Here are some articles related to this bill:
    http://www.debate.org/opinions/shoul...l-found-guilty
    https://www.theguardian.com/society/...7/rape-ukcrime
    http://news.sky.com/story/may-tells-...pects-10445643


    Changes for the Second Reading:
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    - Witnesses may be given further details of a suspect if they can provide beneficial material to an investigation but all witnesses must sign a Unilateral NDA.
    - Juries and all other members present in legal trials may be given further details of a suspect but they must sign a Unilateral NDA.
    - All suspects have the right to reveal their identity to the public if they wish.
    - Unilateral NDA definition has been added.
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    Much better.
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    What does this mean for people who sit in on trials and court proceedings? It seems it would stop this and that is not something I could support we should be making the decisions openly not behind closed doors in secret courts.
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    (Original post by joecphillips)
    What does this mean for people who sit in on trials and court proceedings? It seems it would stop this and that is not something I could support we should be making the decisions openly not behind closed doors in secret courts.
    Read the changes, I mentioned this earlier and they only have to sign non-disclosure documents.
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    (Original post by joecphillips)
    What does this mean for people who sit in on trials and court proceedings? It seems it would stop this and that is not something I could support we should be making the decisions openly not behind closed doors in secret courts.
    This bill would not prevent people from attending trials and court proceedings at all. All these people would have to do is sign a unilateral NDA, as mentioned in this second reading.
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    Still completely broken and makes capturing criminals significantly harder.
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    (Original post by Jammy Duel)
    Still completely broken and makes capturing criminals significantly harder.
    How?
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    (Original post by Quamquam123)
    This bill would not prevent people from attending trials and court proceedings at all. All these people would have to do is sign a unilateral NDA, as mentioned in this second reading.
    I missed that, thanks for pointing it out for me.
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    (Original post by Quamquam123)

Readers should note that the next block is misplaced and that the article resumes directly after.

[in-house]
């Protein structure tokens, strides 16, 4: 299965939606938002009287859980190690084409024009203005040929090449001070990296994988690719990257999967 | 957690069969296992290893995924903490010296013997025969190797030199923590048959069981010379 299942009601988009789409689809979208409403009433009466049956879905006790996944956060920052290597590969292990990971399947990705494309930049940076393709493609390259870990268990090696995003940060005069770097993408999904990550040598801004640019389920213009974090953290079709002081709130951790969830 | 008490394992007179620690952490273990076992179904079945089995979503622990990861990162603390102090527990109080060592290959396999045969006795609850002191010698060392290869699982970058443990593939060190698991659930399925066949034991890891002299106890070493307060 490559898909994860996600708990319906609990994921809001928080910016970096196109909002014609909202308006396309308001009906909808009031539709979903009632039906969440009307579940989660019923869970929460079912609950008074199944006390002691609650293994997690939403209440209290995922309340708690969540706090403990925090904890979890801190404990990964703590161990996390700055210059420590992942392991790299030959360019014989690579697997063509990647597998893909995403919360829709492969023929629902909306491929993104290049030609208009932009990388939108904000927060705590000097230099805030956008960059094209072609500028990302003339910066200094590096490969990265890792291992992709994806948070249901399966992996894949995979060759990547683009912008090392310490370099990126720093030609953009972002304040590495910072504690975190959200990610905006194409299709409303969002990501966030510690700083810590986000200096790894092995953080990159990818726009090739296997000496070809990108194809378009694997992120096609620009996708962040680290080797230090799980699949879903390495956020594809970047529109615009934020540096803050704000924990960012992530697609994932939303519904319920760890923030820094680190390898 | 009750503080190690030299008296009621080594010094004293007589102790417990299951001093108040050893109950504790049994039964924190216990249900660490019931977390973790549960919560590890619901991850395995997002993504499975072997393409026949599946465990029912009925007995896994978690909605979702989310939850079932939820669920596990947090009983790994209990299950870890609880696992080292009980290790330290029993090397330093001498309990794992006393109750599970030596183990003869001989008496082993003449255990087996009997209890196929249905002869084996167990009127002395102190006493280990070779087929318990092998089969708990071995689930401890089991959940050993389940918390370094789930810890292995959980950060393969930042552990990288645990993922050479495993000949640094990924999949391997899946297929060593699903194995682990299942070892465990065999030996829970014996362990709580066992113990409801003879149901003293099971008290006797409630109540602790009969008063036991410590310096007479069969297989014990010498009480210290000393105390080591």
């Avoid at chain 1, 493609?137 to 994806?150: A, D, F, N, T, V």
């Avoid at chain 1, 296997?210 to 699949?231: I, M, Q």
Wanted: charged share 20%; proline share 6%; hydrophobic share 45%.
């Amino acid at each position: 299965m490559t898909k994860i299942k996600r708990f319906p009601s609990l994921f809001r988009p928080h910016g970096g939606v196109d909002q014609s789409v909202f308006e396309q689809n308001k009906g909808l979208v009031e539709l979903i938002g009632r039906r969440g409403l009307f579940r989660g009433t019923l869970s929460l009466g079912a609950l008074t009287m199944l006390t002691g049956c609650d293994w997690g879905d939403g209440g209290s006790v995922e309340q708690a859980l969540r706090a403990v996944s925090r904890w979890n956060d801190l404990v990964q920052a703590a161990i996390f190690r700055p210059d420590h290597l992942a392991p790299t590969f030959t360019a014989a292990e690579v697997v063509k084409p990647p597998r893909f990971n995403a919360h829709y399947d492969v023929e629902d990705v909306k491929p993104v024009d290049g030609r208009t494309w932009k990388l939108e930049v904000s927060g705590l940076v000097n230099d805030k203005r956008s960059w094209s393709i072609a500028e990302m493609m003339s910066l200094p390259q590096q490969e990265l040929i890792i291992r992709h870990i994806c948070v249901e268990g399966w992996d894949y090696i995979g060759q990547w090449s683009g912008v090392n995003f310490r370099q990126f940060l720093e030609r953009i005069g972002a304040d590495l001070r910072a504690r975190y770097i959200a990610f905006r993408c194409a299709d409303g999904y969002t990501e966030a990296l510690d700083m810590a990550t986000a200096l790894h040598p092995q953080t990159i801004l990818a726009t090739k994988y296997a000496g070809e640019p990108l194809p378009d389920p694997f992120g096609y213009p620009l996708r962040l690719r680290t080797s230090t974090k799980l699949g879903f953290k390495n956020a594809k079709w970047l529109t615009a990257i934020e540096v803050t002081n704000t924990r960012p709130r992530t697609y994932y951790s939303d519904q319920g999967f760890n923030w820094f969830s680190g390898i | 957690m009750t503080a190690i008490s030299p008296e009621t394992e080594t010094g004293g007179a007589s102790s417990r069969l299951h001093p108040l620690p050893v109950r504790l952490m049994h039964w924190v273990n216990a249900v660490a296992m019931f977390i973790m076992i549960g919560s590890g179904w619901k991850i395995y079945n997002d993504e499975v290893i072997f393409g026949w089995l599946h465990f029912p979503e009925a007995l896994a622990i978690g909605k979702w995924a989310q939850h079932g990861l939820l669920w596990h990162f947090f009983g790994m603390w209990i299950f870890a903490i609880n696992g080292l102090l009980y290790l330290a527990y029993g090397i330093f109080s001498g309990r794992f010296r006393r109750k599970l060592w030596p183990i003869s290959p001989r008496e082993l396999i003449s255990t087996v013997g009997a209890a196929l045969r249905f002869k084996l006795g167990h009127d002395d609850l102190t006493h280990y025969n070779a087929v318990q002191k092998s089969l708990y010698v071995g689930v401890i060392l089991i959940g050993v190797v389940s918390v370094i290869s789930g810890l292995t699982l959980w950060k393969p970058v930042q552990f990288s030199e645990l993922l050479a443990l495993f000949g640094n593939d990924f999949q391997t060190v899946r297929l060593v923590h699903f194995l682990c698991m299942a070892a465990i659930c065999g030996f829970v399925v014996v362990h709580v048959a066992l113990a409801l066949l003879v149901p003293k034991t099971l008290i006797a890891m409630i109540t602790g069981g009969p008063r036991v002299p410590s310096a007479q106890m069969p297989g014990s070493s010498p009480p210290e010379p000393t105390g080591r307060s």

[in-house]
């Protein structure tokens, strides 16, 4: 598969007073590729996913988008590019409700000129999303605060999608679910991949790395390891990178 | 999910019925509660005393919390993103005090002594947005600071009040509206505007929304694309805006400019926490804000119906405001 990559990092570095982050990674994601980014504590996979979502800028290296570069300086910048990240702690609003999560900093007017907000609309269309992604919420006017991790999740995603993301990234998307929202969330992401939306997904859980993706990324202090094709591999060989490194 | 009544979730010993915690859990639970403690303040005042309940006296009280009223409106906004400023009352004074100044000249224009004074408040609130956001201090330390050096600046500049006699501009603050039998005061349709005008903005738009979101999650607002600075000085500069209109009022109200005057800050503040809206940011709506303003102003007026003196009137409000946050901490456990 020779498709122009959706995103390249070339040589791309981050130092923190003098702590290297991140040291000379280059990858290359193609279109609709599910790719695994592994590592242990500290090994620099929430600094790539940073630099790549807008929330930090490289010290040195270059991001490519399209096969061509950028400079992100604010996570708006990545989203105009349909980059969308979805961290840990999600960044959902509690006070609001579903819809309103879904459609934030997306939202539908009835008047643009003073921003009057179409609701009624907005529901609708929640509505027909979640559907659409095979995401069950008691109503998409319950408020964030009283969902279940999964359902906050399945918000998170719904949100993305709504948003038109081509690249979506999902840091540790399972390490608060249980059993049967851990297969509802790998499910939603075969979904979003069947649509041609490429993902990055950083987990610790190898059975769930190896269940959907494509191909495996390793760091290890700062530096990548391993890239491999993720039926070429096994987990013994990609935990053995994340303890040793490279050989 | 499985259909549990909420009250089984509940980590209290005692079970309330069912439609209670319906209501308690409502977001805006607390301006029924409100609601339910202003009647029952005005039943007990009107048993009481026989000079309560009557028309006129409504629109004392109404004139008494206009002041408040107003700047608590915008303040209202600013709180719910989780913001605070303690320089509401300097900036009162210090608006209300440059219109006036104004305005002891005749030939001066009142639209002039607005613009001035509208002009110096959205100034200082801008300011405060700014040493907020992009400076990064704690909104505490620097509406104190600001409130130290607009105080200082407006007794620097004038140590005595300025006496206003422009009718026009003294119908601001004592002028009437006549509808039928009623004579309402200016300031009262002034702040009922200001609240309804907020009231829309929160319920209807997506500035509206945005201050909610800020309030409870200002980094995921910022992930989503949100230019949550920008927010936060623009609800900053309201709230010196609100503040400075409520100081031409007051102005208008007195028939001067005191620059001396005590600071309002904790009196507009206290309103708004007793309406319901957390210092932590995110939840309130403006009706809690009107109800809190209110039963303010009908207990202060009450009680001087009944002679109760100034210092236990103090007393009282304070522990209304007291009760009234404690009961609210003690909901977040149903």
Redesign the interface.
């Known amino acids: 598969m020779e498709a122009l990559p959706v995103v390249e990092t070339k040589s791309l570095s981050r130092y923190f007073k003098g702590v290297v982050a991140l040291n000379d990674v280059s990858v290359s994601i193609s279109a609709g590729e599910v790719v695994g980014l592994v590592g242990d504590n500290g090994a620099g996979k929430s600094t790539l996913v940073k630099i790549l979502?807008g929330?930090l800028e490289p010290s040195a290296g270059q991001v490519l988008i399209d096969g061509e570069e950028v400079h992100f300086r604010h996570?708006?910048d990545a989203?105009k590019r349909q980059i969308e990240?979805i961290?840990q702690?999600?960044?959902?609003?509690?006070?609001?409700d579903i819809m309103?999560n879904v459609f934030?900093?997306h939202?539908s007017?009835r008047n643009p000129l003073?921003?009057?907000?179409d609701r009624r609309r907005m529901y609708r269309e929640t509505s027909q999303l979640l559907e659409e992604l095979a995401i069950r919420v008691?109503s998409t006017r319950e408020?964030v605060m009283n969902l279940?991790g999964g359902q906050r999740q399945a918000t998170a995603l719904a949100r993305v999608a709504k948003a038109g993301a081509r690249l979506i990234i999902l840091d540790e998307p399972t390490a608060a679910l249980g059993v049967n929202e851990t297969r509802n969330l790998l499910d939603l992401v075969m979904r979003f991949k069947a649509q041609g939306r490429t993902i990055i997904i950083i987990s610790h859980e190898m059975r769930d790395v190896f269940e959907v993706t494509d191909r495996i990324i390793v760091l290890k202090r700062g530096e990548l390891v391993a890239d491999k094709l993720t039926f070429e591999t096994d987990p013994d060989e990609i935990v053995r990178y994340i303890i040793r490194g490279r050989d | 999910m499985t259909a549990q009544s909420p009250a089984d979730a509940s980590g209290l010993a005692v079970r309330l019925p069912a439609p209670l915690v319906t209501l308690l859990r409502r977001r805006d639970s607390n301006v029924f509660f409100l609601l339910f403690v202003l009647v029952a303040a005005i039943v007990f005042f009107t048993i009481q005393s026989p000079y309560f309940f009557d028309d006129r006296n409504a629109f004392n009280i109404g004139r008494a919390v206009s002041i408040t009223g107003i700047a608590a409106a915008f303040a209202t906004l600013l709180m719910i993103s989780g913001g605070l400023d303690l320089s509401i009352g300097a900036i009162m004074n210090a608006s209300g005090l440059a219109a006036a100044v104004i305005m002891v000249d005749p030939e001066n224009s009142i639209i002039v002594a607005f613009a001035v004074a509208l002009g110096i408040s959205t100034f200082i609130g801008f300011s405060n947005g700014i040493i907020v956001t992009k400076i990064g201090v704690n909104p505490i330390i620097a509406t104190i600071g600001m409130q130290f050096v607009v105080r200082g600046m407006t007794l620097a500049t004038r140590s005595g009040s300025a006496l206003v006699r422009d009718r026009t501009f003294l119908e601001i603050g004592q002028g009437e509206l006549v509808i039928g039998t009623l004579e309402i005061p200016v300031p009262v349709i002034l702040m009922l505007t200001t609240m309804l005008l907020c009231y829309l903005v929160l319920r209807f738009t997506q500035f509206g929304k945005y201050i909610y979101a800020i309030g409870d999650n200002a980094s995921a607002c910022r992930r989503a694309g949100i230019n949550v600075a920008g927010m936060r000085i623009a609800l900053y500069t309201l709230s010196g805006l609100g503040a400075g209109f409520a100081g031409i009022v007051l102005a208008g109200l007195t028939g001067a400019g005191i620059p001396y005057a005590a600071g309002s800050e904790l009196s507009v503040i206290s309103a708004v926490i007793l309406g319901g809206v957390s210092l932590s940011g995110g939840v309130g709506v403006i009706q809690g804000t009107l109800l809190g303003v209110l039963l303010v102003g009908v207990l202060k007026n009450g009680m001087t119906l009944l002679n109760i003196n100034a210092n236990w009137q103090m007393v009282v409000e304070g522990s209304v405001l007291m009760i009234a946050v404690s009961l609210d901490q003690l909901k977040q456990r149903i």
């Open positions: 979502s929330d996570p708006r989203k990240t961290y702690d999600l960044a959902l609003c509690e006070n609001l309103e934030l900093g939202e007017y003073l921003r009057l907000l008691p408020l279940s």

How?
    For the exact same reason as in the first reading.
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    (Original post by Quamquam123)
    This bill would not prevent people from attending trials and court proceedings at all. All these people would have to do is sign a unilateral NDA, as mentioned in this second reading.
    This is what I wanted to see in the bill.
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    FWIW this does make capturing some criminals - especially those where the crime is one where the victim may feel shame or embarrassment - harder; however, I feel that the notion of innocence until proven guilty is absolutely fundamental, and this Bill reinforces that. A strong aye, and a Bill I am very proud to see my friend Quamquam123 write.
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    (Original post by TheDefiniteArticle)
    FWIW this does make capturing some criminals - especially those where the crime is one where the victim may feel shame or embarrassment - harder; however, I feel that the notion of innocence until proven guilty is absolutely fundamental, and this Bill reinforces that. A strong aye, and a Bill I am very proud to see my friend Quamquam123 write.
    What if we had CCTV of the crime happening and then released that to the public to help ID? Does that not help massively?
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    (Original post by Aph)
    What if we had CCTV of the crime happening and then released that to the public to help ID? Does that not help massively?
    That isn't releasing the suspect's identity.
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    (Original post by TheDefiniteArticle)
    That isn't releasing the suspect's identity.
    Read 2: (1)
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    (Original post by Aph)
    Read 2: (1)
    Hmmmm, this might need a third reading...

    Quamquam123
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    aye
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    (Original post by TheDefiniteArticle)
    Hmmmm, this might need a third reading...

    Quamquam123
    I am inclined to agree. I will have a good look at this.
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    Aye
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    This bill is in cessation.
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    Division! Clear the lobbies!
 
 
 
Updated: October 27, 2016